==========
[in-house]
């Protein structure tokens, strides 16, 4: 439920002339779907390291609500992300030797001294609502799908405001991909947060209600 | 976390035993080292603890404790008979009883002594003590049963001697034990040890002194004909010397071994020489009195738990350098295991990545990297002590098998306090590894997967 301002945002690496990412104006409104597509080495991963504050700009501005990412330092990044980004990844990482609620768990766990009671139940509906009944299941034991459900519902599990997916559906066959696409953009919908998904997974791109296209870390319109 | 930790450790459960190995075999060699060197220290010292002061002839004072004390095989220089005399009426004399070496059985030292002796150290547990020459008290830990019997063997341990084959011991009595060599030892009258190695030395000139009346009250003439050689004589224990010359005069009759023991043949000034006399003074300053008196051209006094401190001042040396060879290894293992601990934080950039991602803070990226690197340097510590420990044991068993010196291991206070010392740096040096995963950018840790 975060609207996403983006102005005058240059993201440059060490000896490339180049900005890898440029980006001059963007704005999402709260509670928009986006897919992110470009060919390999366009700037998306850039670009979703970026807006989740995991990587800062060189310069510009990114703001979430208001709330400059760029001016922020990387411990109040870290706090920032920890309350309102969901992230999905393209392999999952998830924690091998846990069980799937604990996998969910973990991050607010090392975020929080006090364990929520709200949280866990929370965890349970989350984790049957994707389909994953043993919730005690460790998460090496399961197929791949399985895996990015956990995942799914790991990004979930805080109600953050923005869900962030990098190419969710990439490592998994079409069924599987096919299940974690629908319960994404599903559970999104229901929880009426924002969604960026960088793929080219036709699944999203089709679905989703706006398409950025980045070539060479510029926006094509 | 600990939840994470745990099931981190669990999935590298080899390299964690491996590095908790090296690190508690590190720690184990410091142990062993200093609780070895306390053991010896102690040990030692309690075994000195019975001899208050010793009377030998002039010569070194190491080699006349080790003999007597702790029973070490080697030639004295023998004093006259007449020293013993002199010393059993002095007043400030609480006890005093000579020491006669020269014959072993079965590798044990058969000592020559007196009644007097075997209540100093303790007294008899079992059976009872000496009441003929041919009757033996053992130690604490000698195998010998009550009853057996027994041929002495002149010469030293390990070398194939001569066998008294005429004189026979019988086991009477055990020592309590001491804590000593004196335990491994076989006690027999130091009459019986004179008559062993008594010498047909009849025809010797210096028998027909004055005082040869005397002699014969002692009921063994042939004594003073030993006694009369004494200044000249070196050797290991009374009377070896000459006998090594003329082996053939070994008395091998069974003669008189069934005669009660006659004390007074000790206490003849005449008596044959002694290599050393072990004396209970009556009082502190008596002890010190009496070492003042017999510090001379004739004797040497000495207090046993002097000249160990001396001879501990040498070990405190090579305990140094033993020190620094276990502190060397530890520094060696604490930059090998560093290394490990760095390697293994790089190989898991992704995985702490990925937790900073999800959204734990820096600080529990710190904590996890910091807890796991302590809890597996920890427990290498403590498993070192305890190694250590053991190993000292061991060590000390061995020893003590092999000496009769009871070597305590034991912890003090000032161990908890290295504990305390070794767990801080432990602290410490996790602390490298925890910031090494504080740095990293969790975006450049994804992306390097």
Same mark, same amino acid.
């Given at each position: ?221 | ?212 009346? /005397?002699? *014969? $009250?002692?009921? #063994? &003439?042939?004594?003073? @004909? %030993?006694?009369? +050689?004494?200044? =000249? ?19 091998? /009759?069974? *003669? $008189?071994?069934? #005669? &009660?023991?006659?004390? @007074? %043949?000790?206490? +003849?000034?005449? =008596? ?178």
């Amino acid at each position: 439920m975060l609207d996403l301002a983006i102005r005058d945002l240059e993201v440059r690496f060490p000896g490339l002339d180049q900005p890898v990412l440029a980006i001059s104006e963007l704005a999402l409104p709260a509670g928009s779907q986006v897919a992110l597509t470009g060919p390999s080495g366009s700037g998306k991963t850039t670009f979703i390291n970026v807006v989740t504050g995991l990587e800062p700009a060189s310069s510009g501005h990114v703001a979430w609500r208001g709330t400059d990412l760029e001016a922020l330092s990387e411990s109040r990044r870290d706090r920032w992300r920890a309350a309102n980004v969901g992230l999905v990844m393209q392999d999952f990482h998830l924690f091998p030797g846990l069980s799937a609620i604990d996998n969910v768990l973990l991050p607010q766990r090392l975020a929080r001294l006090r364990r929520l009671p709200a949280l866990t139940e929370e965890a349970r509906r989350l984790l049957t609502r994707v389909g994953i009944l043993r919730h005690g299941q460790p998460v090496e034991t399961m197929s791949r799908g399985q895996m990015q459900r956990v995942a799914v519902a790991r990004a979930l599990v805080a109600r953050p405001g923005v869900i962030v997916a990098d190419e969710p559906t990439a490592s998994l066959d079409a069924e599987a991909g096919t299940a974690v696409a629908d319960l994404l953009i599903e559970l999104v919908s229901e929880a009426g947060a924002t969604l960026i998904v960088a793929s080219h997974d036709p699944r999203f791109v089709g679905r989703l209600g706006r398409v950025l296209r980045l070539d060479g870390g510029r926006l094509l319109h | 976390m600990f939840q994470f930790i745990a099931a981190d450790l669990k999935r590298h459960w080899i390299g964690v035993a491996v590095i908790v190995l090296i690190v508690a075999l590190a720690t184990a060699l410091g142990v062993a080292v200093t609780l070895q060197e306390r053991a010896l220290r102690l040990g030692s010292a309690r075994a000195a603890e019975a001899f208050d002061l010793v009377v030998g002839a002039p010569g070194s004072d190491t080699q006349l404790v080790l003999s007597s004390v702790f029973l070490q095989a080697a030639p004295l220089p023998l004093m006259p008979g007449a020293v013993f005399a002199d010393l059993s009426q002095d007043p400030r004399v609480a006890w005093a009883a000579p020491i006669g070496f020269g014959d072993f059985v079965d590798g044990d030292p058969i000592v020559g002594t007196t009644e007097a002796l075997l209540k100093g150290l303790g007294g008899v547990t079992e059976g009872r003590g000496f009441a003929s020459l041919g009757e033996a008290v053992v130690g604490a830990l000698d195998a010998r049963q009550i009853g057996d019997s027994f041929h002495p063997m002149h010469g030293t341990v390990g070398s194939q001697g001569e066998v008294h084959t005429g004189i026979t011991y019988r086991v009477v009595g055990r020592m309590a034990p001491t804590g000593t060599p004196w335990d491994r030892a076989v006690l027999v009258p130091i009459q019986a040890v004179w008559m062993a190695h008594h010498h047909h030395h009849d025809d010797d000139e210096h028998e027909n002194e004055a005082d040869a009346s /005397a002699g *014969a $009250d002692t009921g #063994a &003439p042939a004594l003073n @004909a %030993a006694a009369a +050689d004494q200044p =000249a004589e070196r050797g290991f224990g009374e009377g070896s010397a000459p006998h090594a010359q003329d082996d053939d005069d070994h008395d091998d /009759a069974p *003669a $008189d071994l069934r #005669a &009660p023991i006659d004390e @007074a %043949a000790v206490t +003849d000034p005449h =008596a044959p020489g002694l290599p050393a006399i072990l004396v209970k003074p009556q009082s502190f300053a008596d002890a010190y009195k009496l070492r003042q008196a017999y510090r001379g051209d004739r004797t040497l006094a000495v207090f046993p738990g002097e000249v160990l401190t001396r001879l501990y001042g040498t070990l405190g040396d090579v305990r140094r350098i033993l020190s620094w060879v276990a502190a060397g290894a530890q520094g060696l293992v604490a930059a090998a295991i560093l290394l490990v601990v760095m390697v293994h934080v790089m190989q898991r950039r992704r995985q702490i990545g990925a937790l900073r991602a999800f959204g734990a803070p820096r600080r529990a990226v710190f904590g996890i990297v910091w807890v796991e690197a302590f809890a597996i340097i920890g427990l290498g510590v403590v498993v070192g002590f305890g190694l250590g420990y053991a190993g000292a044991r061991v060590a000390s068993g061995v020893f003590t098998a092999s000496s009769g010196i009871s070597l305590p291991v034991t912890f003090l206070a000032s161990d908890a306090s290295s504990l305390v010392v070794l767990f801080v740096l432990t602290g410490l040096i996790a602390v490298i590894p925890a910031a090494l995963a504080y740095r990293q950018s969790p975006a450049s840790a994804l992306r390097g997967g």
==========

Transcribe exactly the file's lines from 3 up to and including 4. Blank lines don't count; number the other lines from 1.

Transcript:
Same mark, same amino acid.
């Given at each position: ?221 | ?212 009346? /005397?002699? *014969? $009250?002692?009921? #063994? &003439?042939?004594?003073? @004909? %030993?006694?009369? +050689?004494?200044? =000249? ?19 091998? /009759?069974? *003669? $008189?071994?069934? #005669? &009660?023991?006659?004390? @007074? %043949?000790?206490? +003849?000034?005449? =008596? ?178």